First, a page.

The other star of the show? Local favorite Su Vino Winery out of Old Town Scottsdale. Yeah, it’s not so earthy there, but hey, these people make killer wines. The Ruby, the lone red at the table, was like sangria in a bottle, minus the floating fruit. Big, punchy bursts of fruity flavor in that sucker. And, though I usually don’t care for white wine, the Summer Rain (which, luckily, is available at the Urban Grocery), really fit the description of tasting like “a day by the pool.” It was like apple juice with an alcohol kick. Yes, it’s that dangerous. Beware.
As the pictures below attest, the event was masterfully organized, and the attendees really lucked out on the weather. What a perfect day to be outside enjoying a nice Gewurztraminer. Yes, I just said that.
Minneapolis has 13. San Francisco has 11. Indianapolis has 25. Houston has nine. Chicago has 50. Los Angeles has 15, and New York has 51.
Phoenix has 8.
We’re talking city council districts. Some call them wards, and some call their representatives aldermen, but most have representation relative to their population. And, in addition to region-bound representation, many cities have elected officials serving the population at-large (Indianapolis has four, Houston has five).
But these are just numbers… what does it mean in real life? It means that District 8 (Councilman Mike Johnson) serves both the Downtown Phoenix business community and the South Phoenix residential community. It means that District 4 (Vice Mayor Tom Simplot) serves both Central Phoenix and portions of Maryvale and West Phoenix. It means that city councilors are asked to represented different segments of our population with extremely different needs.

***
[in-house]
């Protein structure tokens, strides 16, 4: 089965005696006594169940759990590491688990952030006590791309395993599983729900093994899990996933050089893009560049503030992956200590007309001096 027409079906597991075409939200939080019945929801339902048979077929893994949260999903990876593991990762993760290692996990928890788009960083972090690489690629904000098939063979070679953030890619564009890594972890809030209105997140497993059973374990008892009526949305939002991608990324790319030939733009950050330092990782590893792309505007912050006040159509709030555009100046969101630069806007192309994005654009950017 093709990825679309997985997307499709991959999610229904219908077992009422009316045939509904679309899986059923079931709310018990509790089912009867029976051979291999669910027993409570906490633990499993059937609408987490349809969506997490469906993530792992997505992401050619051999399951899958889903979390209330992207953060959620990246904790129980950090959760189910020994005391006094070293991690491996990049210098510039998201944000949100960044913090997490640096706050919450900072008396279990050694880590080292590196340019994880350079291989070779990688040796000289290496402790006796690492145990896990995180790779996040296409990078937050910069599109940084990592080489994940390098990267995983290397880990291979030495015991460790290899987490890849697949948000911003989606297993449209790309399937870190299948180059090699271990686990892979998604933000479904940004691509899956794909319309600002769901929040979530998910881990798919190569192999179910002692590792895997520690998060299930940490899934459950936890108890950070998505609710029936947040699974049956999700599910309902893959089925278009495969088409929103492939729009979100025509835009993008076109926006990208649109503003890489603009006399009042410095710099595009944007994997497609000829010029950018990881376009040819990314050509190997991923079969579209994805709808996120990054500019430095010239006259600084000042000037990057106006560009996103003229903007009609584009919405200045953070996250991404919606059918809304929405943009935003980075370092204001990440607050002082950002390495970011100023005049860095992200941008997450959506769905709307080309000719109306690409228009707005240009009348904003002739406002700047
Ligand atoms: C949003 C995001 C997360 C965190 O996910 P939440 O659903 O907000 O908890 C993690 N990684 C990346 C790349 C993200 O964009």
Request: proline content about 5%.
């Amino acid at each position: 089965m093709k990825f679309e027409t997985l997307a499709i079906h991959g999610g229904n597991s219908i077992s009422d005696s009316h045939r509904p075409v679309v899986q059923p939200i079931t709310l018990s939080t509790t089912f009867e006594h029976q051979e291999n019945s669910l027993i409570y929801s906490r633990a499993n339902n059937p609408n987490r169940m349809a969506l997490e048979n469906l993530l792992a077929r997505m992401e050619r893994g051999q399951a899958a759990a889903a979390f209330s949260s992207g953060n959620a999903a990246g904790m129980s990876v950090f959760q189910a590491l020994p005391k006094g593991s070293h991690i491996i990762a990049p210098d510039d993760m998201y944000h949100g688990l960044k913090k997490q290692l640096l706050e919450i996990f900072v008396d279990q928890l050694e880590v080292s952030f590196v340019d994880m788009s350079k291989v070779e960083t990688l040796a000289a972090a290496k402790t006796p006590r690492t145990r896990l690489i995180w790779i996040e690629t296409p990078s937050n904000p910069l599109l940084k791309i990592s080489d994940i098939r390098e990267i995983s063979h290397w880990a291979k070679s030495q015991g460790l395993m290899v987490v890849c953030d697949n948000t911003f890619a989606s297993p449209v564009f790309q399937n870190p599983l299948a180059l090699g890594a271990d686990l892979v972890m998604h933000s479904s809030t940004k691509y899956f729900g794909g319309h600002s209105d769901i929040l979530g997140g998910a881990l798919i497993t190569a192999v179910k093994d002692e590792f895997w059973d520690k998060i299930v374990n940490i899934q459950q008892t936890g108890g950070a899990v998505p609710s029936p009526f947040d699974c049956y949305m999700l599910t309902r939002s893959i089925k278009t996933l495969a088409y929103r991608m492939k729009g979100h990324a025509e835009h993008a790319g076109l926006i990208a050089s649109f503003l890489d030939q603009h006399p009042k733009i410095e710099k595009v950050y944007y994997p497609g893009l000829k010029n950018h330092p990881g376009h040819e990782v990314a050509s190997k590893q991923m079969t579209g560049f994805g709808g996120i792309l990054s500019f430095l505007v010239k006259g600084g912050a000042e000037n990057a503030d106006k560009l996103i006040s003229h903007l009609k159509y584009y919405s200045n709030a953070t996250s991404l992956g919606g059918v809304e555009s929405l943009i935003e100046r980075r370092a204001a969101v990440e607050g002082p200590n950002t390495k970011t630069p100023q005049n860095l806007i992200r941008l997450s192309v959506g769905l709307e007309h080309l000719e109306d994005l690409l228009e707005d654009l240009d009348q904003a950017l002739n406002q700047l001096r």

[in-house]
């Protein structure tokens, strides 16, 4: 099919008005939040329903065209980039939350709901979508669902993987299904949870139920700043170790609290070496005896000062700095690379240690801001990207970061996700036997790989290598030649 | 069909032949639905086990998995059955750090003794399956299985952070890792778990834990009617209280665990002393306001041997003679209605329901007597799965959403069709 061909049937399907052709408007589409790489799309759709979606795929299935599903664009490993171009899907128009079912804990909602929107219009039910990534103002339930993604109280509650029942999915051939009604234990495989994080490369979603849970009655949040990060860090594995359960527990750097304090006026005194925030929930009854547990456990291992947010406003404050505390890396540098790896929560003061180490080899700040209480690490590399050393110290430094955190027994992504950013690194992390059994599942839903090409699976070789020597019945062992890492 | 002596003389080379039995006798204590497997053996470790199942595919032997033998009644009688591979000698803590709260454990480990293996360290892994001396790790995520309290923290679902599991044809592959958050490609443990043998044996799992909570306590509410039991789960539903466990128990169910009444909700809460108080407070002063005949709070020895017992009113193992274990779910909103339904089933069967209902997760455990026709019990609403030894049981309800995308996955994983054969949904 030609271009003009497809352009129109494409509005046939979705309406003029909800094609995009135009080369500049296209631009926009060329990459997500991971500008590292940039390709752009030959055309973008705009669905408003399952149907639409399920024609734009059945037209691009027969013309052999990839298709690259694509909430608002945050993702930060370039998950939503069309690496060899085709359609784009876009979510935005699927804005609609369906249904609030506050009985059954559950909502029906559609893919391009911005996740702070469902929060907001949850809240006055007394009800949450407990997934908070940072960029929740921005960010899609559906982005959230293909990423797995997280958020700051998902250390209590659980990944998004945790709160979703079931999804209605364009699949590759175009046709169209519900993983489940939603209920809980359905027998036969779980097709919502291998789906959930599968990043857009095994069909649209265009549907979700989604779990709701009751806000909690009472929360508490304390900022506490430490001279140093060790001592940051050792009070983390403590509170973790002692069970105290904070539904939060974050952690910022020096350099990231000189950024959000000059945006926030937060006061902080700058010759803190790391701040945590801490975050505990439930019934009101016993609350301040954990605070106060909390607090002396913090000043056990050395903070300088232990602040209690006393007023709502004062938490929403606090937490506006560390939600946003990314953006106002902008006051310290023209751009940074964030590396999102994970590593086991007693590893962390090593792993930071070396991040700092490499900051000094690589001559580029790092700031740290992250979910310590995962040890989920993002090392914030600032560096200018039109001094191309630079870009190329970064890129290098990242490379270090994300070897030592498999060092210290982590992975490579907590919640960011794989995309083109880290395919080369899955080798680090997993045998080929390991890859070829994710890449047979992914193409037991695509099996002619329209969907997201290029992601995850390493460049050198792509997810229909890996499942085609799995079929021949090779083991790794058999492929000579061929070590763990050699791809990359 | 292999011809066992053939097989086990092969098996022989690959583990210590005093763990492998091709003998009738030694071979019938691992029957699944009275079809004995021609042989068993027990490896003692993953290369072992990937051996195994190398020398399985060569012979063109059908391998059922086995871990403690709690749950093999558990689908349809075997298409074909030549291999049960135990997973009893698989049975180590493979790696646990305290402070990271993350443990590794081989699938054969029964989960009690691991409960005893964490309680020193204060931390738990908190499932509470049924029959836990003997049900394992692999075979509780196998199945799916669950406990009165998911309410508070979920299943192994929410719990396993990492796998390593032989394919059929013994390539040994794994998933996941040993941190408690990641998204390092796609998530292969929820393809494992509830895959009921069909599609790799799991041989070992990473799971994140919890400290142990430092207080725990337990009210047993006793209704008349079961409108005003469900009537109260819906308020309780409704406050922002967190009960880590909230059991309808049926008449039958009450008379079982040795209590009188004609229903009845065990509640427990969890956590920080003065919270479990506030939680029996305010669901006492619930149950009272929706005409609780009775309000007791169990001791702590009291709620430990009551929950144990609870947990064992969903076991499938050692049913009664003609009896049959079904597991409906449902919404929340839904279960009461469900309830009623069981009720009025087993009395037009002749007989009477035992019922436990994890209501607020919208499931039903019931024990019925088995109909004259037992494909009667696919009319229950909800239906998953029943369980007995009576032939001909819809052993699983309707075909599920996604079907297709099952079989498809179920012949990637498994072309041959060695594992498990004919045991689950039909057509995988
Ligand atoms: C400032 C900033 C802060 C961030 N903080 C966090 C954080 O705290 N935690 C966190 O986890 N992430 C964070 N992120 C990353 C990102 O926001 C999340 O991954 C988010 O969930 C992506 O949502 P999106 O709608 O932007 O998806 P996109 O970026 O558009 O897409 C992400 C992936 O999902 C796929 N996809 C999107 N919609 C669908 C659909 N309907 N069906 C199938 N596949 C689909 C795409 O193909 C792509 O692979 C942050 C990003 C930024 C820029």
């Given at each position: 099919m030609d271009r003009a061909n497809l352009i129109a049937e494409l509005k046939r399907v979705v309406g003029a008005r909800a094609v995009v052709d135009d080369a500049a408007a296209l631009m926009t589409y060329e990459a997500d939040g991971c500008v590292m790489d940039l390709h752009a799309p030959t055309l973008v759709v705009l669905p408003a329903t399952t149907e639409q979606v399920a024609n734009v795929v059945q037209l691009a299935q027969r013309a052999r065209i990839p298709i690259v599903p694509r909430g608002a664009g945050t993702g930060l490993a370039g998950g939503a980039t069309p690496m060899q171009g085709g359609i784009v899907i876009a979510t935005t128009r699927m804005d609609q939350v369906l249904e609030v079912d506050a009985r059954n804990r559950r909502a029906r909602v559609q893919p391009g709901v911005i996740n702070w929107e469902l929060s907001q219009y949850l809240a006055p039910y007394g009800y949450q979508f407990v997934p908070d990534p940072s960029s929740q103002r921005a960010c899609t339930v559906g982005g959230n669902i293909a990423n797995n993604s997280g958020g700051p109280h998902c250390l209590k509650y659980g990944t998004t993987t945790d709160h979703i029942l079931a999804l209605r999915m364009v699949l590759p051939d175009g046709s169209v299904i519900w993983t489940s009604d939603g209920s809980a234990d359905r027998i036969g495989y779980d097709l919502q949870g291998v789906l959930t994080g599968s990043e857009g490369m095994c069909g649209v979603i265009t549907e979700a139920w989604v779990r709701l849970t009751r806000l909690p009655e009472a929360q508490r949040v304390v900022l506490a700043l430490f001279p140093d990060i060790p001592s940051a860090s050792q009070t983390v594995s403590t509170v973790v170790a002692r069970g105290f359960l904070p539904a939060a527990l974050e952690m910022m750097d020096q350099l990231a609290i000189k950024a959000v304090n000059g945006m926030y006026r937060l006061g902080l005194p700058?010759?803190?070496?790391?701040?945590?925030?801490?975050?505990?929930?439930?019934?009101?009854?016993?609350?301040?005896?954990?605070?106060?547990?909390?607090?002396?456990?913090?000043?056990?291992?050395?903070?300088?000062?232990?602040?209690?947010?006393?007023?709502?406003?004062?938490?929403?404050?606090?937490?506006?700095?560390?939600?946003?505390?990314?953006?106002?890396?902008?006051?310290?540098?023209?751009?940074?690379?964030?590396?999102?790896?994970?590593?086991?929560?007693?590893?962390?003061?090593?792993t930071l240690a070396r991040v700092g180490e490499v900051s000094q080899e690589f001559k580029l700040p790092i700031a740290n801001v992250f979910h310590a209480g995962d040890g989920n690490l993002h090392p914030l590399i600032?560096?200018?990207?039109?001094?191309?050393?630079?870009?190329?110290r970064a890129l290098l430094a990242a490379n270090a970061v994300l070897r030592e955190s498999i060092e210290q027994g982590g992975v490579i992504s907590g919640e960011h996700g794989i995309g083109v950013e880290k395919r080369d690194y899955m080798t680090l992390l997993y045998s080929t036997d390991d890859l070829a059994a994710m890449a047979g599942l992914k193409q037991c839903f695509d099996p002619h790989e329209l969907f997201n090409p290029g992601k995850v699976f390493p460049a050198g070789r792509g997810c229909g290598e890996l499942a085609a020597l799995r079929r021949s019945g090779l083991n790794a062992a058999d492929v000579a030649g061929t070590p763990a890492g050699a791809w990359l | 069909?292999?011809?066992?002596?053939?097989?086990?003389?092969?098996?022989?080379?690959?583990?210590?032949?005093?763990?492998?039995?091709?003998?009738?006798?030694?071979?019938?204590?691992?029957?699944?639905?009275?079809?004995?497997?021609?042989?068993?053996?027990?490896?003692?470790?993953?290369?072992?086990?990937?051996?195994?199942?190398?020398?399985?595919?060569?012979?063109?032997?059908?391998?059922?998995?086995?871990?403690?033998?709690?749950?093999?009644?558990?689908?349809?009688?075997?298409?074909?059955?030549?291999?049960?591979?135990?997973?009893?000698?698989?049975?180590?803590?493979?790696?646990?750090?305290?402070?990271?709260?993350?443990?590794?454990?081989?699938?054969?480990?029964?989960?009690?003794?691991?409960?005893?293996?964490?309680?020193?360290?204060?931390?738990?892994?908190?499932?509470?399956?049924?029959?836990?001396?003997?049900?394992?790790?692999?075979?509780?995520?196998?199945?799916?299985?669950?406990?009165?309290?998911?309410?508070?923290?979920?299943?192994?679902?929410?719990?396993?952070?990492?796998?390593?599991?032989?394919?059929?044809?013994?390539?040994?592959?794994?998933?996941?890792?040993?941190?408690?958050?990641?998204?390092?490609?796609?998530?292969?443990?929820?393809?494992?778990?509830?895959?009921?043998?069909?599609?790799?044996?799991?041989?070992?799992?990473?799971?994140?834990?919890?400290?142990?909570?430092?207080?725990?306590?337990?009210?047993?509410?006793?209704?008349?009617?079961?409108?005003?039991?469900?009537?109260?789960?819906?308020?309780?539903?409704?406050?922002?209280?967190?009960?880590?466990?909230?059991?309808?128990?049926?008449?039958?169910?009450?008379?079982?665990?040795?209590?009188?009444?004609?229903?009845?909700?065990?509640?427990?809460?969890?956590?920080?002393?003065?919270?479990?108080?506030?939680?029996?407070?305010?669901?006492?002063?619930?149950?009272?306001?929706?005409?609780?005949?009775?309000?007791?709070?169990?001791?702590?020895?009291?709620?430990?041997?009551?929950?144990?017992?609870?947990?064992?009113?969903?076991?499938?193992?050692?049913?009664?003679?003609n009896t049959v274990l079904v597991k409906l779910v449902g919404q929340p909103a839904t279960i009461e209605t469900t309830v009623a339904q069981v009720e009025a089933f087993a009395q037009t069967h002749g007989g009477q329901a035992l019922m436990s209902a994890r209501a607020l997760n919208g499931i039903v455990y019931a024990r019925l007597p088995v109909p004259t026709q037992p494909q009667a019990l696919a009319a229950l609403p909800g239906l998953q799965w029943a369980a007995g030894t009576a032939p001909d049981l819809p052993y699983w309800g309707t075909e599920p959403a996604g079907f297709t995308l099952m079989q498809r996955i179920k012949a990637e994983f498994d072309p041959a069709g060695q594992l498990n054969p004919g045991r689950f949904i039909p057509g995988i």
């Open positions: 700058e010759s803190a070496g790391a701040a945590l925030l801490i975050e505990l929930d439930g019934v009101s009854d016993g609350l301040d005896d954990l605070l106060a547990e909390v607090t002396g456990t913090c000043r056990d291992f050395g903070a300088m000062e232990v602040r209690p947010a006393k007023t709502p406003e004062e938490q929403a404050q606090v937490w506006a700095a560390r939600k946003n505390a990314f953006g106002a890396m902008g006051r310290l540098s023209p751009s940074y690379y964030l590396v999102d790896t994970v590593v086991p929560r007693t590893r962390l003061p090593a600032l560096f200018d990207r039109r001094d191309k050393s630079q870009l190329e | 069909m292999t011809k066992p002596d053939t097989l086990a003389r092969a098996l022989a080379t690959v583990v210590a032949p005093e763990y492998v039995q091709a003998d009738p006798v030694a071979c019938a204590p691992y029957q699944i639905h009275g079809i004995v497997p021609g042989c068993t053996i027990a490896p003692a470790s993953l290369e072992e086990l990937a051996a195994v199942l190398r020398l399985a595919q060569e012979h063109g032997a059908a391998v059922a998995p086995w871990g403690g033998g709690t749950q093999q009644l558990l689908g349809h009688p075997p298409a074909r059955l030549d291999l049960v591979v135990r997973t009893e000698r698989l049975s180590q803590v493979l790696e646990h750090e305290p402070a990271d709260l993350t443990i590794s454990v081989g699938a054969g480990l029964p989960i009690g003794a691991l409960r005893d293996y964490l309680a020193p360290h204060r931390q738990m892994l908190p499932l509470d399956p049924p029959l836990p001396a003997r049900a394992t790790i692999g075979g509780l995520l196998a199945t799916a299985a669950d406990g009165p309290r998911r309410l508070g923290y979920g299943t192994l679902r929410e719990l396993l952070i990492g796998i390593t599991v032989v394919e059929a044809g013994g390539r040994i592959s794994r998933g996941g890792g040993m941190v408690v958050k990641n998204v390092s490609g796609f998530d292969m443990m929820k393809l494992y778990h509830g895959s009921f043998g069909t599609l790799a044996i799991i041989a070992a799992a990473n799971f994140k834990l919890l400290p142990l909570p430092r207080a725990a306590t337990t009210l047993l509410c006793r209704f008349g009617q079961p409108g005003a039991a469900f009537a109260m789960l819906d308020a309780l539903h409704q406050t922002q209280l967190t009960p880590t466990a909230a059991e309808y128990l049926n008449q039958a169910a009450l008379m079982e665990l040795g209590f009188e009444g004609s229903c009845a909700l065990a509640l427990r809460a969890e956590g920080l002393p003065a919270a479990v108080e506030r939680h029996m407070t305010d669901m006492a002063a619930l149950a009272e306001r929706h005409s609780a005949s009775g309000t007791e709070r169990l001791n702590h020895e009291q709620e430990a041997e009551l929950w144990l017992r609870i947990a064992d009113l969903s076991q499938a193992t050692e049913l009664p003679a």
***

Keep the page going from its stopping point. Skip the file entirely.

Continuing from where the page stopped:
In other words, the issues that residents of Ahwatukee are dealing with (an expansion of the Loop 202, for instance), have little to no effect on the residents of Arcadia. Except, of course, that their voice in City Hall is focused on tasks other than those pertinent then their own. Both populations are served by District 6 (Councilman Sal Diciccio), whose council map looks like this.
Phoenix has a population of more than 1.5 million people, which means on average, each city councilor is responsible for shepherding a flock of close to 200,000 people — many times made up of dozens of smaller communities with uniquely individual needs.
The argument can be made that we elect people competent enough to multi-task and have the best interest of all their residents in mind, but I challenge you to look at the district map and tell me that the residents of Downtown Phoenix’s historic neighborhoods like Willo, Coronado, Roosevelt and Encanto-Palmcroft have the same municipal needs as Laveen or Maryvale — which explains the daily challenge of District 7 and Councilman Michael Nowakowski.
This conversation is not new. Representative Chad Campbell (District 14) has been working with the O’Connor House in developing a comprehensive plan to redistrict the city of Phoenix in a more intuitive and common-sense way. With the 2010 census right around the corner, now is the perfect time to start thinking about this — and many other issues affecting our city. I’m looking forward to your thoughts below, and can’t wait to see you at RadiatePhx tomorrow night, where there will be all sorts of discussion about making our city a better place to live, work and play.